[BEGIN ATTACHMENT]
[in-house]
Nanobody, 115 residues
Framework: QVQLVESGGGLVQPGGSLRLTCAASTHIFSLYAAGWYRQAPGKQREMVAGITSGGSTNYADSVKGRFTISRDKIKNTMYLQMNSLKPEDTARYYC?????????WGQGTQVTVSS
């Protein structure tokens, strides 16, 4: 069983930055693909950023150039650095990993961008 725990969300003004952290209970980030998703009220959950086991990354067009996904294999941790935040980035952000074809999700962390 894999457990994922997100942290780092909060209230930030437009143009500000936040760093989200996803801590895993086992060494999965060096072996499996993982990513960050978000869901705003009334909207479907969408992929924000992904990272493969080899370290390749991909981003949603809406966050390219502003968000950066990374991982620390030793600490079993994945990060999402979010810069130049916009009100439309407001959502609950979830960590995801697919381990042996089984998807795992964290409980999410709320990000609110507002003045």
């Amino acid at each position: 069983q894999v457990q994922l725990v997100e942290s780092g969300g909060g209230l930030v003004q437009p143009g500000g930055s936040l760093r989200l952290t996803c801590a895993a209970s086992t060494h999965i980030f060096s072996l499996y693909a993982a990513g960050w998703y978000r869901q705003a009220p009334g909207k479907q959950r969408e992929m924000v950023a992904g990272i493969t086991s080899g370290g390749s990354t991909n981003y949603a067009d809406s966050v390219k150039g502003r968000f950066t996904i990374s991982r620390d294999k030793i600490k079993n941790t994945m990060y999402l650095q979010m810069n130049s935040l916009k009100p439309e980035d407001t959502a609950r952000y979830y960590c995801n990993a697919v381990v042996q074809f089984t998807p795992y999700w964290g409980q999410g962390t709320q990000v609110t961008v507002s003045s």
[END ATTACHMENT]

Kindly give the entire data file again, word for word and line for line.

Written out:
[in-house]
Nanobody, 115 residues
Framework: QVQLVESGGGLVQPGGSLRLTCAASTHIFSLYAAGWYRQAPGKQREMVAGITSGGSTNYADSVKGRFTISRDKIKNTMYLQMNSLKPEDTARYYC?????????WGQGTQVTVSS
């Protein structure tokens, strides 16, 4: 069983930055693909950023150039650095990993961008 725990969300003004952290209970980030998703009220959950086991990354067009996904294999941790935040980035952000074809999700962390 894999457990994922997100942290780092909060209230930030437009143009500000936040760093989200996803801590895993086992060494999965060096072996499996993982990513960050978000869901705003009334909207479907969408992929924000992904990272493969080899370290390749991909981003949603809406966050390219502003968000950066990374991982620390030793600490079993994945990060999402979010810069130049916009009100439309407001959502609950979830960590995801697919381990042996089984998807795992964290409980999410709320990000609110507002003045």
């Amino acid at each position: 069983q894999v457990q994922l725990v997100e942290s780092g969300g909060g209230l930030v003004q437009p143009g500000g930055s936040l760093r989200l952290t996803c801590a895993a209970s086992t060494h999965i980030f060096s072996l499996y693909a993982a990513g960050w998703y978000r869901q705003a009220p009334g909207k479907q959950r969408e992929m924000v950023a992904g990272i493969t086991s080899g370290g390749s990354t991909n981003y949603a067009d809406s966050v390219k150039g502003r968000f950066t996904i990374s991982r620390d294999k030793i600490k079993n941790t994945m990060y999402l650095q979010m810069n130049s935040l916009k009100p439309e980035d407001t959502a609950r952000y979830y960590c995801n990993a697919v381990v042996q074809f089984t998807p795992y999700w964290g409980q999410g962390t709320q990000v609110t961008v507002s003045s």